As CIA executive director, Kyle "Dusty" Foggo pushed contracts the way of his lifelong friend Brent Wilkes, including a proposal to use commercial cover for CIA air operations that would have been worth more than $100 million. Though that deal was never signed, Wilkes' companies did -- with Foggo's help -- get a contract to provide bottled water to CIA staff overseas, charging 60 percent more than a competitor would have, according to court documents. Wilkes also was paid by other firms that got contracts from Foggo, the documents show.
Foggo admitted he had concealed his relationship with Wilkes -- who is described in the plea agreement as his "best friend" -- by "adopting false cover stories regarding their relationship and using 'straw men' and shell companies to conceal Wilkes's interest in CIA contracts," according to a statement from Eastern District of Virginia U.S. Attorney Chuck Rosenberg.
In return, Wilkes spent tens of thousands of dollars on luxury vacations and meals for Foggo, and promised him a senior, highly paid job at his company when he left the CIA, according to court documents. The vacations included a $32,000 week at the Sullivan Estate in Haleiwa, Hawaii, and a $50,000 golf outing in Scotland.
The charging documents offer a tantalizing, if incomplete, glimpse of the way Foggo, a flamboyant CIA veteran with a colorful reputation, did business -- one e-mail cited in the indictment is titled "Scotland and Cigars" and states, in part: "I'll work the water thing with (A.J.) -- but you sending a follow-up e-mail is a good idea, I want to insure (sic) that B-connection is not forgotten. ... Group W (one of Wilkes's companies) is in this deal."
A.J. is identified only as a foreign national, for whom Foggo also allegedly sought to get a visa under false pretenses.
Foggo was appointed to the powerful executive director's post in November 2004 by recently confirmed CIA Director Porter Goss, who he had got to know while working at the CIA station in Frankfurt. By that time, court documents state, he had already been promised a job by Wilkes and was funneling deals his way.
In December 2003, at a party at Wilkes's company office, the contractor actually introduced Foggo to staff as a future employee, according to the documents.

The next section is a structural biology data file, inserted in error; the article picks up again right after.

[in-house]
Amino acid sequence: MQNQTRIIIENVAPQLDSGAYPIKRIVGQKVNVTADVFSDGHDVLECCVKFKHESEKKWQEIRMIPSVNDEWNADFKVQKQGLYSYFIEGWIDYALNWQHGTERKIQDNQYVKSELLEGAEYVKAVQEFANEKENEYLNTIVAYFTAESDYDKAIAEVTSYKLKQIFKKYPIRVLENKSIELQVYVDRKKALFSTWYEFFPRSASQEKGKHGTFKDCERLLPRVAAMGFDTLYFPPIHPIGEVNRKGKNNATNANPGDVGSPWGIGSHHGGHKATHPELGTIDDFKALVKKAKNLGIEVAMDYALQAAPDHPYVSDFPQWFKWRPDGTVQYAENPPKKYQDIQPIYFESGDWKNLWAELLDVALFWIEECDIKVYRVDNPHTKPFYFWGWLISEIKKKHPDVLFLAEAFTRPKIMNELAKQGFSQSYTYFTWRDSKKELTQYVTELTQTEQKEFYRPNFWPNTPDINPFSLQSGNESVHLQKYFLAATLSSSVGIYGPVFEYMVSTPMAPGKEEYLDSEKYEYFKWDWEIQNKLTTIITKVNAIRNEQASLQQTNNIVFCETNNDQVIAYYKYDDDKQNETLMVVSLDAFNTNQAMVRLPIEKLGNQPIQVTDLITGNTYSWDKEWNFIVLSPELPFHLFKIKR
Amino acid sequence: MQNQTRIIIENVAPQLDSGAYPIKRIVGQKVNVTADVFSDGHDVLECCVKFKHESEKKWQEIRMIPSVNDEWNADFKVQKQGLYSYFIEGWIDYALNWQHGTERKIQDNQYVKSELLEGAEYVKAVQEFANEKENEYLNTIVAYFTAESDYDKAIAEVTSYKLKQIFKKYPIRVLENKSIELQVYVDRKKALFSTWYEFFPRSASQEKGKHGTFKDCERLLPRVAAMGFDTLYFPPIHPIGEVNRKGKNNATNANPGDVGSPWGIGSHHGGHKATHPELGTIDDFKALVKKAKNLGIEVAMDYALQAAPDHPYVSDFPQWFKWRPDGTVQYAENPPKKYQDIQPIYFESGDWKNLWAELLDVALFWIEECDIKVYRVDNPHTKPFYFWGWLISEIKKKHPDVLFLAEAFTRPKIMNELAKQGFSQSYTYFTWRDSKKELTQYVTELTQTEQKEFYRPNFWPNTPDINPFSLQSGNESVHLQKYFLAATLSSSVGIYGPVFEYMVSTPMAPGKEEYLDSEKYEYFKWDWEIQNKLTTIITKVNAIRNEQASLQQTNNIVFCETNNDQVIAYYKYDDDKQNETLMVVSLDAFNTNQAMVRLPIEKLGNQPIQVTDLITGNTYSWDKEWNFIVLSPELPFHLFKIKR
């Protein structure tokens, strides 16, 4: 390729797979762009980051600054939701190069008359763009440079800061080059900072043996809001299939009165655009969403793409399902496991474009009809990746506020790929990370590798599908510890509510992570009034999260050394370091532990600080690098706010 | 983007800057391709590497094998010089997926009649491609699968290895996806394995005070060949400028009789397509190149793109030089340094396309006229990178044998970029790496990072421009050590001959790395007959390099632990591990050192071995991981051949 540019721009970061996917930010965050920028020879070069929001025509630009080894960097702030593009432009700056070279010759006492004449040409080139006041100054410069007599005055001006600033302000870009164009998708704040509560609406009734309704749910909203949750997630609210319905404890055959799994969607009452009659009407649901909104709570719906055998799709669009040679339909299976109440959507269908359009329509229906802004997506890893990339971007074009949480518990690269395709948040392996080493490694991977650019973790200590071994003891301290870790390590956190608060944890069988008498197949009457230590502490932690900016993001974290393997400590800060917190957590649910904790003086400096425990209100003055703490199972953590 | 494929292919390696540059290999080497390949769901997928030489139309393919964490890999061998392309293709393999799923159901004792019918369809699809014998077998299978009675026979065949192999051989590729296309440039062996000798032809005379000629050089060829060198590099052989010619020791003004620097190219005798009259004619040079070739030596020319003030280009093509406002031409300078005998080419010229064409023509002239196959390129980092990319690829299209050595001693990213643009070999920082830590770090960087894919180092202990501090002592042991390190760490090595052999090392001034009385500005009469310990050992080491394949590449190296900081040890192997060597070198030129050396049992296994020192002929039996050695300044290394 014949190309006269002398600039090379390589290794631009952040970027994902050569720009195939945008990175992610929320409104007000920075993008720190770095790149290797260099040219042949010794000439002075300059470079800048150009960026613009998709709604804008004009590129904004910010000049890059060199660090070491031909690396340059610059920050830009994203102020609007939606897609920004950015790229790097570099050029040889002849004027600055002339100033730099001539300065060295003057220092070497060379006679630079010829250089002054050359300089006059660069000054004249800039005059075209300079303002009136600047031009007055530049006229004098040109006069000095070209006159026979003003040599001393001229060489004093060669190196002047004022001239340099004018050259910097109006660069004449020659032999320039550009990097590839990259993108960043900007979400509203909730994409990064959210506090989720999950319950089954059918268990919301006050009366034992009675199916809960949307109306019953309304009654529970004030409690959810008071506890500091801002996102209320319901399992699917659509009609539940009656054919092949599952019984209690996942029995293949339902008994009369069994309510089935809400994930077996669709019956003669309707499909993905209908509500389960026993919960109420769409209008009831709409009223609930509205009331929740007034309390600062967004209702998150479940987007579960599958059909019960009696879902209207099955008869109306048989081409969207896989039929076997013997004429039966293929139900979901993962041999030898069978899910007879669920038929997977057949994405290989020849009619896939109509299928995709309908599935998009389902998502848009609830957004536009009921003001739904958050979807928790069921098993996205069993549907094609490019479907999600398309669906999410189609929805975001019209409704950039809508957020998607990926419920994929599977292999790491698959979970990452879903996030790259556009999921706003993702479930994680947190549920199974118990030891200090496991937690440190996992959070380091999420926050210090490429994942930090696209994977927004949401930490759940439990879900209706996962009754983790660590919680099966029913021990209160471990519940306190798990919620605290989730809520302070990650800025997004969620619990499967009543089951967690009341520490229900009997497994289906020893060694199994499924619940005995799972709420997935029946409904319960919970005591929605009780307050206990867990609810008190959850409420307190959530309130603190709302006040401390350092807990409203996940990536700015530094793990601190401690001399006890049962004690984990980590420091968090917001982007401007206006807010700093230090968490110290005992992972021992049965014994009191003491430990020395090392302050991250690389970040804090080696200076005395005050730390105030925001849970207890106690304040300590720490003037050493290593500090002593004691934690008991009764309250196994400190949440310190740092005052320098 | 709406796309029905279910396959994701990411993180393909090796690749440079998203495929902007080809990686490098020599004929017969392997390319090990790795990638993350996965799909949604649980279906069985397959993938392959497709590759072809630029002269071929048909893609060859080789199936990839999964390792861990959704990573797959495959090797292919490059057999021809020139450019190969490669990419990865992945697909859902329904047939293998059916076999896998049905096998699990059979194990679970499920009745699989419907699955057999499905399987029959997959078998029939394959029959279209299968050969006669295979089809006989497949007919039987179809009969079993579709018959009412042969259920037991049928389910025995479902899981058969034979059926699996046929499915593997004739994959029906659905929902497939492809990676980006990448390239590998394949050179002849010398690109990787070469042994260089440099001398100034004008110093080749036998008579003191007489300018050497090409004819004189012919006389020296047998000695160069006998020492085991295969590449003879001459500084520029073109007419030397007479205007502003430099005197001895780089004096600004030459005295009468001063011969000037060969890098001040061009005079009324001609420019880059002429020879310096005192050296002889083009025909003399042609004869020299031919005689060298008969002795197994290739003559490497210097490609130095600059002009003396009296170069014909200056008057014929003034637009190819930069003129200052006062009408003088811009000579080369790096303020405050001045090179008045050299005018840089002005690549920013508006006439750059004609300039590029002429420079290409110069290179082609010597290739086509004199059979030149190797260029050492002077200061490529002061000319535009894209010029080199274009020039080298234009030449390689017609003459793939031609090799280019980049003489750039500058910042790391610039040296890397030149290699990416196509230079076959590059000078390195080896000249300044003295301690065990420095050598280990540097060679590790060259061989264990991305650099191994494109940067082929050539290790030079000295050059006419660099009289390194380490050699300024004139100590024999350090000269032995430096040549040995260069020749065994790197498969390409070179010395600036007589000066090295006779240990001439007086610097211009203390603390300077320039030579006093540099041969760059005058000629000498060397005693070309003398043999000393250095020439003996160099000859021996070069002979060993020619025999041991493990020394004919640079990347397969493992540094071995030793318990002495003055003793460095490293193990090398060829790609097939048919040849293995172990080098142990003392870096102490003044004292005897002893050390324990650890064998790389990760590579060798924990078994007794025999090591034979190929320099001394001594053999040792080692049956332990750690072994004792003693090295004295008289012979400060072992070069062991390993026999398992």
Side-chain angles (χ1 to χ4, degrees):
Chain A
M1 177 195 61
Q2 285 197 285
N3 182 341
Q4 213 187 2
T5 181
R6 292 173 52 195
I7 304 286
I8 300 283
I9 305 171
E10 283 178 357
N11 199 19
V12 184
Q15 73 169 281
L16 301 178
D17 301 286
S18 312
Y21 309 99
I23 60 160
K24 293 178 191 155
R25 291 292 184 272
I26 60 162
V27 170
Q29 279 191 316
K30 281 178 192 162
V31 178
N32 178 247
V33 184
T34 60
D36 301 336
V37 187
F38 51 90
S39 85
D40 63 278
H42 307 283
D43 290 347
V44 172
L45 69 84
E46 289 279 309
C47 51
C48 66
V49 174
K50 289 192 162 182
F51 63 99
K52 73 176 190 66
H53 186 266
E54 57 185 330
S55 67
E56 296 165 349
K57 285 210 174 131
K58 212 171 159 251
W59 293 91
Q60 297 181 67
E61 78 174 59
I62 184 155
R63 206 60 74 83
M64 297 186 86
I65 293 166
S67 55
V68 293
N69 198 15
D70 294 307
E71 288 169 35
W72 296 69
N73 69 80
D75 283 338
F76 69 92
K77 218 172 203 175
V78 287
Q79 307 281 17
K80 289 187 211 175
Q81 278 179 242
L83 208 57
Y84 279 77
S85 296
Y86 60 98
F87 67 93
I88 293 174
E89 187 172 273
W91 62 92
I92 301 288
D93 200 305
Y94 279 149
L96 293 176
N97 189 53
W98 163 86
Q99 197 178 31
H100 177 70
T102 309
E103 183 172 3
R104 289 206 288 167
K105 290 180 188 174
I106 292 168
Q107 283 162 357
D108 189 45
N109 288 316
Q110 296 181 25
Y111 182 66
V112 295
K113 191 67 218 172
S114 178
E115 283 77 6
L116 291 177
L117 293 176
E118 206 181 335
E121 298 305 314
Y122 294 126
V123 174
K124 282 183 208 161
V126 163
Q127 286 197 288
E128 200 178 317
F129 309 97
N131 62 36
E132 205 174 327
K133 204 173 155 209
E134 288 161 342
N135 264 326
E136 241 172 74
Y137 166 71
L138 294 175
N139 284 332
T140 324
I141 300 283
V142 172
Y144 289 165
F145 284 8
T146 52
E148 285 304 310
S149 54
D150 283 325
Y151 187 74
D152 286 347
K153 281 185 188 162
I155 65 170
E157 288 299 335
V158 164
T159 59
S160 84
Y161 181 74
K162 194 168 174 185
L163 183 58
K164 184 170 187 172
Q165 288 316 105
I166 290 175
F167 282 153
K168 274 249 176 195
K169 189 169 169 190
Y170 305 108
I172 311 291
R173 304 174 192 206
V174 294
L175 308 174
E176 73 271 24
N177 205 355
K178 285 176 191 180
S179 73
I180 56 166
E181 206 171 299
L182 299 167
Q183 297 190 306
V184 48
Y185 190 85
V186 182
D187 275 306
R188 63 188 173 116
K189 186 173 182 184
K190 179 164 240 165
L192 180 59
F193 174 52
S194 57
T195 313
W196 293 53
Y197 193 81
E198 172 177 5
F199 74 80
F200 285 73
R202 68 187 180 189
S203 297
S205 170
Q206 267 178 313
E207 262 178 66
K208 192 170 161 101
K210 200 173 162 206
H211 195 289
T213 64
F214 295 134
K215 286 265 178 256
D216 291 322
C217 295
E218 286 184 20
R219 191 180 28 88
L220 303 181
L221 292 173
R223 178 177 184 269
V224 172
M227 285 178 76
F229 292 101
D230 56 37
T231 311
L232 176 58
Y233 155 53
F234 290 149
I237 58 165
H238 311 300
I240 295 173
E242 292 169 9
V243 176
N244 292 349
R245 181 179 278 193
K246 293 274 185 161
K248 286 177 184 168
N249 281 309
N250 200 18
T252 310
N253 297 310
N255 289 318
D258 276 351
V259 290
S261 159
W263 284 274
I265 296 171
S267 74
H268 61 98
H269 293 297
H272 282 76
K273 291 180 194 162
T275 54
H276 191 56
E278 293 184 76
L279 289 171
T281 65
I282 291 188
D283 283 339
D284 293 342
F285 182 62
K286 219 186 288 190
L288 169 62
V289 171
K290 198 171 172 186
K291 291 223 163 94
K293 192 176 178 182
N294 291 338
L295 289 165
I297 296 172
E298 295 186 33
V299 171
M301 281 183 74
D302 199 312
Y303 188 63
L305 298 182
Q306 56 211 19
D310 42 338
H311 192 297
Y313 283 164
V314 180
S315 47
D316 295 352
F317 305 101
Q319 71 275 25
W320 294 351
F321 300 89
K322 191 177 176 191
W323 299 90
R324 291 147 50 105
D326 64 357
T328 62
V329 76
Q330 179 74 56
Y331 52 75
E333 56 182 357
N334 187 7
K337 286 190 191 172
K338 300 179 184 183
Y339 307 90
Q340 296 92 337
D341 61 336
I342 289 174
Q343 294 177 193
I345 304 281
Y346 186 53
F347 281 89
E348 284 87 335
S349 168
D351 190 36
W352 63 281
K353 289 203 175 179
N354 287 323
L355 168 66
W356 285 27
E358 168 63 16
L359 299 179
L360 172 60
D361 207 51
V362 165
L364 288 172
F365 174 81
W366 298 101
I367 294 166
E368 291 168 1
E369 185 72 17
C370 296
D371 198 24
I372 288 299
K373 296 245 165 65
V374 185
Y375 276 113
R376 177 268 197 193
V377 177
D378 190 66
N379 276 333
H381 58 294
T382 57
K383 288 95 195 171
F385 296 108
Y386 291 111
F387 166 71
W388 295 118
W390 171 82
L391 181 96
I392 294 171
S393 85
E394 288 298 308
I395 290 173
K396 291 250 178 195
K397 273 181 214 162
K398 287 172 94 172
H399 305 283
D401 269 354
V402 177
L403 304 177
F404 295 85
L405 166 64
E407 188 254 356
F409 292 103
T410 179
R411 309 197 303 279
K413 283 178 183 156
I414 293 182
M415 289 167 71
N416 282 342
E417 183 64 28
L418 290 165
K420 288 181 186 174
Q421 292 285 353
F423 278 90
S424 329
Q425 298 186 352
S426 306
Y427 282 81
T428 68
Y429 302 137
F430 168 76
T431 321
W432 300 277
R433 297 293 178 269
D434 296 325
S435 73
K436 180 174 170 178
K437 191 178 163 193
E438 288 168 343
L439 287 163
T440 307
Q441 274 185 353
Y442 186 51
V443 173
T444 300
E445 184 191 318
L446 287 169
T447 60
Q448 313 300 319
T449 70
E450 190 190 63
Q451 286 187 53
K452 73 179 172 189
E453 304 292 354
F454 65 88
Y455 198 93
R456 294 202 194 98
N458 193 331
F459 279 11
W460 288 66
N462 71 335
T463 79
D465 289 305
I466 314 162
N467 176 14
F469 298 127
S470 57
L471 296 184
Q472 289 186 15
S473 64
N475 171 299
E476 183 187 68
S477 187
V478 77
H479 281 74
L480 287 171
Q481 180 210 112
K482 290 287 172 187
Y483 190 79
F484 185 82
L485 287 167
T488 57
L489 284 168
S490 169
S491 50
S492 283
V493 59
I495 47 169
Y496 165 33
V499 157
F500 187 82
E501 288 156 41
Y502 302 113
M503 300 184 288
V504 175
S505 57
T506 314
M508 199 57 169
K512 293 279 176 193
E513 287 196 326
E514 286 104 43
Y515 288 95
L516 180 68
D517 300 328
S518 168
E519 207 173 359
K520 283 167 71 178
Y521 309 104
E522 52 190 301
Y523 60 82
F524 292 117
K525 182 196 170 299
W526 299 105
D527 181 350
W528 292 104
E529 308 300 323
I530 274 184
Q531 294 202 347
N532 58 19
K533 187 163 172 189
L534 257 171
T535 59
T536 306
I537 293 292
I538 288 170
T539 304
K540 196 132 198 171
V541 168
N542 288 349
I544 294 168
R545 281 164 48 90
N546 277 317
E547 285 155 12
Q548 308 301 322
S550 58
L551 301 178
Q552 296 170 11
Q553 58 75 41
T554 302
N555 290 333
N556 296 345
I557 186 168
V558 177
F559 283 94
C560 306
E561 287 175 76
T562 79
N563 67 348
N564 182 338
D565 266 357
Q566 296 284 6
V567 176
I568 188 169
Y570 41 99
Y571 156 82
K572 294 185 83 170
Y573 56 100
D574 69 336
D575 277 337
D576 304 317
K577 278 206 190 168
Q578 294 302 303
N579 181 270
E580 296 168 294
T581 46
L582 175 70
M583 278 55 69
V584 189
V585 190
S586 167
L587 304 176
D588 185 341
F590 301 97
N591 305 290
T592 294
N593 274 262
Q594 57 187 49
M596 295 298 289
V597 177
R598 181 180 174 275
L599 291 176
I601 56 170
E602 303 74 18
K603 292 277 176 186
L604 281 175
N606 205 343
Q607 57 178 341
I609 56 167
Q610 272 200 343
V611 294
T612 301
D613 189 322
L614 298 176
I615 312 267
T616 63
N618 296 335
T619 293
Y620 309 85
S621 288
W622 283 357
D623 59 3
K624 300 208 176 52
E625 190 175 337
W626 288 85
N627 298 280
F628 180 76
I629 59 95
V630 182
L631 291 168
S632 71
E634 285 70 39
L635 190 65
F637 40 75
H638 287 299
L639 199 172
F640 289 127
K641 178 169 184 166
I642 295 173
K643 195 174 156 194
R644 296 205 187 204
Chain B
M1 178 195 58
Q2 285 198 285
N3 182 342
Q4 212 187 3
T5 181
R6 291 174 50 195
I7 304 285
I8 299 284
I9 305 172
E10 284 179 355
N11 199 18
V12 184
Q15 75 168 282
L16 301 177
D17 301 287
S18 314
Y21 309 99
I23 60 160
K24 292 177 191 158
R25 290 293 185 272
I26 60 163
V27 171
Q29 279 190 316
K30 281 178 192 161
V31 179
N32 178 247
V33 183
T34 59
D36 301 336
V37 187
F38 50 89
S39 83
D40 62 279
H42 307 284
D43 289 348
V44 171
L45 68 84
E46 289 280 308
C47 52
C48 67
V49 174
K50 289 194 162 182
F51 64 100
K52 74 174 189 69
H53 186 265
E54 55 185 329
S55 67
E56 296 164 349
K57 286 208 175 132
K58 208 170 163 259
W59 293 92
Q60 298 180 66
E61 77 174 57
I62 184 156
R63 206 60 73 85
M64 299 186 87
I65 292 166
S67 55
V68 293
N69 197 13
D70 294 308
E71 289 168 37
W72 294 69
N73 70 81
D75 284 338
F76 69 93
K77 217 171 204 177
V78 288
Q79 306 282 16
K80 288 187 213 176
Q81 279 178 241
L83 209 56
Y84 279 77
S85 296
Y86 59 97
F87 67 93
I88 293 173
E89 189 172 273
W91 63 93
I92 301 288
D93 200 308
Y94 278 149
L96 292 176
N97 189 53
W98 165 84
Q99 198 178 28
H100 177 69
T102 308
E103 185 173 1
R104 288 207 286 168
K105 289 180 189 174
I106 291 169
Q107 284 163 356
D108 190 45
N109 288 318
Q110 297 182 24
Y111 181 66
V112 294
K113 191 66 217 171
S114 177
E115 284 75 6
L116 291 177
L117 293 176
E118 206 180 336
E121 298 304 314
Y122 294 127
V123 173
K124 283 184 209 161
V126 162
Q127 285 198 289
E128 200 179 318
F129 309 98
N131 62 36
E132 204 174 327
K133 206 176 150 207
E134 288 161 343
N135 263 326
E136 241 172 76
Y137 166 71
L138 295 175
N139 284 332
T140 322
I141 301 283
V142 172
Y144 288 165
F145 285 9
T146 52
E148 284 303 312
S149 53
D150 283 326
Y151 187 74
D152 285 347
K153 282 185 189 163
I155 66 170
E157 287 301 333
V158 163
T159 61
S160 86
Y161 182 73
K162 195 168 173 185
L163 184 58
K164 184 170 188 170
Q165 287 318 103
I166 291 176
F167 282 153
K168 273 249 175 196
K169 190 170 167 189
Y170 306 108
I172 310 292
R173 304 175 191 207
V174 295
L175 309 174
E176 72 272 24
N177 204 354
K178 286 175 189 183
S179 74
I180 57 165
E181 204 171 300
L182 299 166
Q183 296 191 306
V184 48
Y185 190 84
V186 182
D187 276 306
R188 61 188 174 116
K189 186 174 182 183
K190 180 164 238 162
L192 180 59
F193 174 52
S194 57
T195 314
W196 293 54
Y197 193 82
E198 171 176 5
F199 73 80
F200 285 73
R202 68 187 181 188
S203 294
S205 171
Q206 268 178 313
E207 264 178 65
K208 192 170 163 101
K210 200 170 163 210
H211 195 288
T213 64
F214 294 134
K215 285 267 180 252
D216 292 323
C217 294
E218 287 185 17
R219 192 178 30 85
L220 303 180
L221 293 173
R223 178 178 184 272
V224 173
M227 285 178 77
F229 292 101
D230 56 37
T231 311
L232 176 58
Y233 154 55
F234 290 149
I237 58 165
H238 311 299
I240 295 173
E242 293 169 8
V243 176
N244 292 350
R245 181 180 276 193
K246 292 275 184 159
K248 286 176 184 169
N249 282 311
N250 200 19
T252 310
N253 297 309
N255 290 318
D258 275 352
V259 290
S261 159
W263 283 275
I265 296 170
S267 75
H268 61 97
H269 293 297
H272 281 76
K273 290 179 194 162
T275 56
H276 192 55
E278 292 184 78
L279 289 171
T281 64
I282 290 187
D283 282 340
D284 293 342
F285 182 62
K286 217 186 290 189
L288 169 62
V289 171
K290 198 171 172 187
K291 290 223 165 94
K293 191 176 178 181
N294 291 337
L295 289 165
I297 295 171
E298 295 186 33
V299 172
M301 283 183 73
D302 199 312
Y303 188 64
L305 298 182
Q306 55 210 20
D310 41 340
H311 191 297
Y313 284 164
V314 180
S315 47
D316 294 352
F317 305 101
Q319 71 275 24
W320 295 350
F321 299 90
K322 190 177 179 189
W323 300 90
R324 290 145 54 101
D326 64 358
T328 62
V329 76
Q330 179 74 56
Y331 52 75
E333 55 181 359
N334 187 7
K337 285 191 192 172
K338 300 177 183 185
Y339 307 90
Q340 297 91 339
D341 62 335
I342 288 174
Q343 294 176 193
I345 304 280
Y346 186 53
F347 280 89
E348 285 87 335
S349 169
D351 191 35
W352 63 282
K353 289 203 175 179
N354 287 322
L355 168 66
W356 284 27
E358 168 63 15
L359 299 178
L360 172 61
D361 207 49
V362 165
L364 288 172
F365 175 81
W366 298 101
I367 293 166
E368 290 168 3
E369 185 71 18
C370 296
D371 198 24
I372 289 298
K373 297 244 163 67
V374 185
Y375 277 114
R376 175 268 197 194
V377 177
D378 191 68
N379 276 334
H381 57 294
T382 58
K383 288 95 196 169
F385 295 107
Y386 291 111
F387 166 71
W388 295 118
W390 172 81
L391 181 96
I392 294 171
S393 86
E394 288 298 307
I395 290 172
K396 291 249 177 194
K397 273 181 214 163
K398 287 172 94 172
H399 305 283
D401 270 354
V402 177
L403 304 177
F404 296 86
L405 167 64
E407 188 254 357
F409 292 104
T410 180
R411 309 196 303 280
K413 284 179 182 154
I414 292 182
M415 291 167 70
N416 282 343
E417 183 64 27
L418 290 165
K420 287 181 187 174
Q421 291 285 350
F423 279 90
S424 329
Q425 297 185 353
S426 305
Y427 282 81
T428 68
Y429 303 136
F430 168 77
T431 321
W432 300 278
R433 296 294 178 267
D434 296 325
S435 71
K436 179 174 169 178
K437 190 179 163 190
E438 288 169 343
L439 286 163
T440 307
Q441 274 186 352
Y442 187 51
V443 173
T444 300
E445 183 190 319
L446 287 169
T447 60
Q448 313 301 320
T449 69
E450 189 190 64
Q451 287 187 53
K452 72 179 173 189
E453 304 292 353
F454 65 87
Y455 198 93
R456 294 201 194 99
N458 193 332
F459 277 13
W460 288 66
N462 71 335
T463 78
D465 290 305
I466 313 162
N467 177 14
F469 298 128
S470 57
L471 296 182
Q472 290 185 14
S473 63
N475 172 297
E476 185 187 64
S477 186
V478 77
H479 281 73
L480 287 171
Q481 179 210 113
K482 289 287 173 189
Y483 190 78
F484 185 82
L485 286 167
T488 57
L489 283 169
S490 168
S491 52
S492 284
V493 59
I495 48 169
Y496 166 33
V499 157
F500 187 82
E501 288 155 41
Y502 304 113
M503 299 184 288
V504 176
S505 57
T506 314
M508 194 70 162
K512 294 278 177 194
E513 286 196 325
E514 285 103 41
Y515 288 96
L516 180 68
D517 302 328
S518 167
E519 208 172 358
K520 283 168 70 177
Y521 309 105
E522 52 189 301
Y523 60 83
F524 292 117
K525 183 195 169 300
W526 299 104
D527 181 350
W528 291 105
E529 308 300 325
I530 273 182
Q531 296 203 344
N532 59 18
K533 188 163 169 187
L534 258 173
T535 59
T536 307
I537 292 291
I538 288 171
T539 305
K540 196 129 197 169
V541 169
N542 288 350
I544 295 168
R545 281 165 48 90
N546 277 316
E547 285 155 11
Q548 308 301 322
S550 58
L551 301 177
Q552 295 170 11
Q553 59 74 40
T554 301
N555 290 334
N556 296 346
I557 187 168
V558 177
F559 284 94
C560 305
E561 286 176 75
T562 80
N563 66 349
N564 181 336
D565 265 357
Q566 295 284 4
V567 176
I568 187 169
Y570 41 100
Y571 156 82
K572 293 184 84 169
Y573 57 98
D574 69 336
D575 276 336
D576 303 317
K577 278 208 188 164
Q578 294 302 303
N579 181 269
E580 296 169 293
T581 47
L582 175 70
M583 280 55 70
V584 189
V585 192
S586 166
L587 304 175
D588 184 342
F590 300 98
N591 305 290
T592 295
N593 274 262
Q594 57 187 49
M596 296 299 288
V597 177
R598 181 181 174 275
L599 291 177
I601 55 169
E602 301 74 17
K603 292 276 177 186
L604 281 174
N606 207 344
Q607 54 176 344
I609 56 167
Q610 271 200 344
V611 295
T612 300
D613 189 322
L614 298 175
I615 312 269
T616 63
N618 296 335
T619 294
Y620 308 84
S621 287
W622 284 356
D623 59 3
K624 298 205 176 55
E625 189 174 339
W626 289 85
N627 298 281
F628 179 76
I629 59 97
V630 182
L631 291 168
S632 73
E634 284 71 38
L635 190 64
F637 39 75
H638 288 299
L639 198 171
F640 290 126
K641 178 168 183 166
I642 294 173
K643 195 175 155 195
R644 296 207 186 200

Foggo quit his job at the agency in May 2006, a few days after Goss's sudden departure. He originally was indicted, along with Wilkes, in February last year in Southern California.
Wilkes, a wealthy entrepreneur and GOP fundraiser who parlayed corrupt payments to Capitol Hill contacts into a hundred-million-dollar defense and intelligence contracting business, was himself convicted in November on 13 corruption counts, including the bribery of Rep. Randall "Duke" Cunningham, R-Calif.
With Wilkes serving a 12-year term, prosecutors moved the venue to Alexandria, Va., where they could bring additional charges against Foggo -- including that he had abused his authority at the CIA to get friends and his mistress hired as employees or contractors at the agency.
None of these charges is covered by Monday's plea agreement, however, and prosecutors have agreed to drop a total of 23 additional counts in exchange for a single guilty plea, saying they will ask for only three years and one month in jail, and will not seek any restitution from Foggo, nor to attach his property. The maximum penalty for the honest services fraud to which Foggo pleaded guilty is 20 years jail and a $250,000 fine.
Sentencing is set for Jan. 8, 2009, before Judge James C. Cacheris in Alexandria.
Neither prosecutors nor defense lawyers could be reached for comment, and CIA spokesman Mark Mansfield said only that the agency "at every step … cooperated closely with investigative agencies and the Department of Justice."
When Foggo was first indicted, CIA Director Michael Hayden said allegations about him had "first surfaced within the CIA and were looked into by the Agency's Office of Inspector General." It is unclear when they surfaced, or whether it was as a result of the Cunningham investigation, which began as a result of a newspaper story about the sale of his house.
Intelligence officials authorized to speak only on background told UPI that the agency's conduct showed a willingness to clean its own house and noted the executive director post that Foggo held no longer exists.
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